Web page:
To list my interests and inspirations is difficult. People have been startled by the range of art books on my shelf. Instead of zeroing in on a few favorites, I choose to ask myself what I think is boring, and then ask myself why, being determined to learn something from everything. Some people have complained that this is a fault. That this deters one from having a "style", that I try too many different approaches, and that my work is therefore overwhelming and confusing. I feel that the concept of "style" has been abused as of late, that too many artists put the search for a highly recognizable and highly limited vocabulary of hieroglyphics before content and heart. This tends to not only date one, but also make one highly imitatable, and therefore expendable.
Art springs first from an observation of life, then a philosophy from the heart and mind of the artist. And it must be honest to be truly worthwhile.

I had been painting virtually since birth, and exhibited a few works in a New York gallery in 1989. But it wasn't until ten years after that I was able to discover my preferred medium (acrylic), technique and "voice". I have been exhibiting paintings in various venues since 2000, and occasionally sell them. My first loves were animation and comics; but I drew to the latter because they offered a far more instant gratification. Most comic artists have interests rooted in film, and we work hard to approximate filmic effects on the page.
My first pro work was writing scripts for Harvey's Richie Rich. The work paid eight dollars a page; when I found better conditions illustrating for Marvel's Crazy magazine, I started branching out, eventually steering toward independent publishers for more complete freedom.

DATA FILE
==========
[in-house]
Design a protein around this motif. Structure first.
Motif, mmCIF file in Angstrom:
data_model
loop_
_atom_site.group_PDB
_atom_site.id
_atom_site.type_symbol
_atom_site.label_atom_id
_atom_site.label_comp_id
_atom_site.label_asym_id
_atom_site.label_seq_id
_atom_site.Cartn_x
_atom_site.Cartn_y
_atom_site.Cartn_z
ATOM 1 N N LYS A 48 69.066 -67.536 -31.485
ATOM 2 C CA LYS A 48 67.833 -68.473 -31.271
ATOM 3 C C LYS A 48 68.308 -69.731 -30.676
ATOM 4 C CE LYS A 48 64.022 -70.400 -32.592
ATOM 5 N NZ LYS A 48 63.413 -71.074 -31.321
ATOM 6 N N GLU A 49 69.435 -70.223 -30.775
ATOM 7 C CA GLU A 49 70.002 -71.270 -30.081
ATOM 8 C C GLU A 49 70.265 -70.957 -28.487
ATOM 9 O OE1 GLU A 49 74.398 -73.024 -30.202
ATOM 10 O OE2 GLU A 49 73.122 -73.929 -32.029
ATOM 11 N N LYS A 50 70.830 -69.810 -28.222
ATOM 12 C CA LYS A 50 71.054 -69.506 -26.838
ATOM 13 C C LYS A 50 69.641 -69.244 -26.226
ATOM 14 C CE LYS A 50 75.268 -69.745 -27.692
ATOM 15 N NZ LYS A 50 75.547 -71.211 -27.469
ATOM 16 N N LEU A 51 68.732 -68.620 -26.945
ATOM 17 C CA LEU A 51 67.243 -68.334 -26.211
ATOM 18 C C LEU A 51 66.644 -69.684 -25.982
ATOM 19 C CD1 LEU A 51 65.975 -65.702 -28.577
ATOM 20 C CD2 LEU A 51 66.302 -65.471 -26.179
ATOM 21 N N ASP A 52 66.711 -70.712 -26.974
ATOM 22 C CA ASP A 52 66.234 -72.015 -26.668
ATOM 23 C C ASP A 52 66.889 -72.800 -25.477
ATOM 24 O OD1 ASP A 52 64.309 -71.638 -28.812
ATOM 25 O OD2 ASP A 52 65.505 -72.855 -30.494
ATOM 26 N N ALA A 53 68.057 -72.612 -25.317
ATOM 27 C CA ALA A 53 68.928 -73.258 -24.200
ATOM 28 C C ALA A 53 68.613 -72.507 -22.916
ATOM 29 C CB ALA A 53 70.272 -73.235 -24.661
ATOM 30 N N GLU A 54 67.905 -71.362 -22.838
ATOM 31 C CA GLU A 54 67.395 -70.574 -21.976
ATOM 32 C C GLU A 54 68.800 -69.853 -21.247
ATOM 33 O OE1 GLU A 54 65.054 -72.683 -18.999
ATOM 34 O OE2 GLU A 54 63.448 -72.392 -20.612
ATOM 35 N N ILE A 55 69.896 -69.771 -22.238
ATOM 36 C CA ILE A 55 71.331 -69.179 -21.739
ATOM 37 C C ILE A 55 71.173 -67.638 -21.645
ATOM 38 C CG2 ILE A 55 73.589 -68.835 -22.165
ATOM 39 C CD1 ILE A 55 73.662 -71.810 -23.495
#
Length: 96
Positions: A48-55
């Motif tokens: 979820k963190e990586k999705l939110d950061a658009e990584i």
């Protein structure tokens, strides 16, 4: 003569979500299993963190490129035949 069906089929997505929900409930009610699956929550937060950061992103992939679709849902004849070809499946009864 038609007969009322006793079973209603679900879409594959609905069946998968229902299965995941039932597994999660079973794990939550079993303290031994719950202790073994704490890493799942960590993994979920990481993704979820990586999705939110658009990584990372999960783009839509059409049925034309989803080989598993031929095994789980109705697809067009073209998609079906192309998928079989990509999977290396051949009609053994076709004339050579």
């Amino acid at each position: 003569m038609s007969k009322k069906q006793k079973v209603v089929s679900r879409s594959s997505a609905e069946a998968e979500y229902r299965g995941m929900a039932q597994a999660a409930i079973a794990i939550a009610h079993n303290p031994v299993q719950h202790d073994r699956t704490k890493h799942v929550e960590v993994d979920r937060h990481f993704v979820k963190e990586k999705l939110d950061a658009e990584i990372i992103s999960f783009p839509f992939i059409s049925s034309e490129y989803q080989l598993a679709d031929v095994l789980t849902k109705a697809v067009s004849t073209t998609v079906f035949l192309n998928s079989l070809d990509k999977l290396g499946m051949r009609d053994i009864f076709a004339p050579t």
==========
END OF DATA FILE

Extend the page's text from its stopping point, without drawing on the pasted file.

The comics I like to do are neither superhero sagas or artistic post-nuclear angstfests. Following the classic style, they tell stories of humor... and drama...for entertainment's sake. (A form which, in my opinion, is becoming a lost one.)
Maintaining a humor comic in the independent market is no easy task for its creator. No matter how 'independent' the market pretends to be, it still remains a slave to the trends and tastes of the big fellas. The humor books are always the last ones the publishers are willing to promote and the first ones they will choose to cancel. In 1989, I tired of the vicissitudes and left the market...until 2002.
Click for an INTERVIEW centering on my comics work conducted in Spring '03.
gallery 1
gallery 2

has paid some of the bills since 1980. Featured in gallery 2 is an assortment of CD covers done over the years.

gallery 1
gallery 2


Always a prime focus of interest, I had experimented with animation (mostly using Super 8) throughout my younger life, but didn't move in professionally until my L.A. relocation in 1991. (See resume for details.)
I'd honestly have to say that of all the phases of my career, labor in animation studios has proven to be the most financially rewarding and the least artistically. Even the shorts I directed were mauled by other hands after my job was done. L.A.'s studio system is a committee system, and the result is typically a spoiled broth.
But the experience has taught me a lot, enriching every form I work in. One result is CAPRICE, TEEN OF TOMORROW; a solo ten-minute short that I've completely animated. One half is inked, and, at present, one-and-a half minutes are shot and in color. Now...the quest for capital!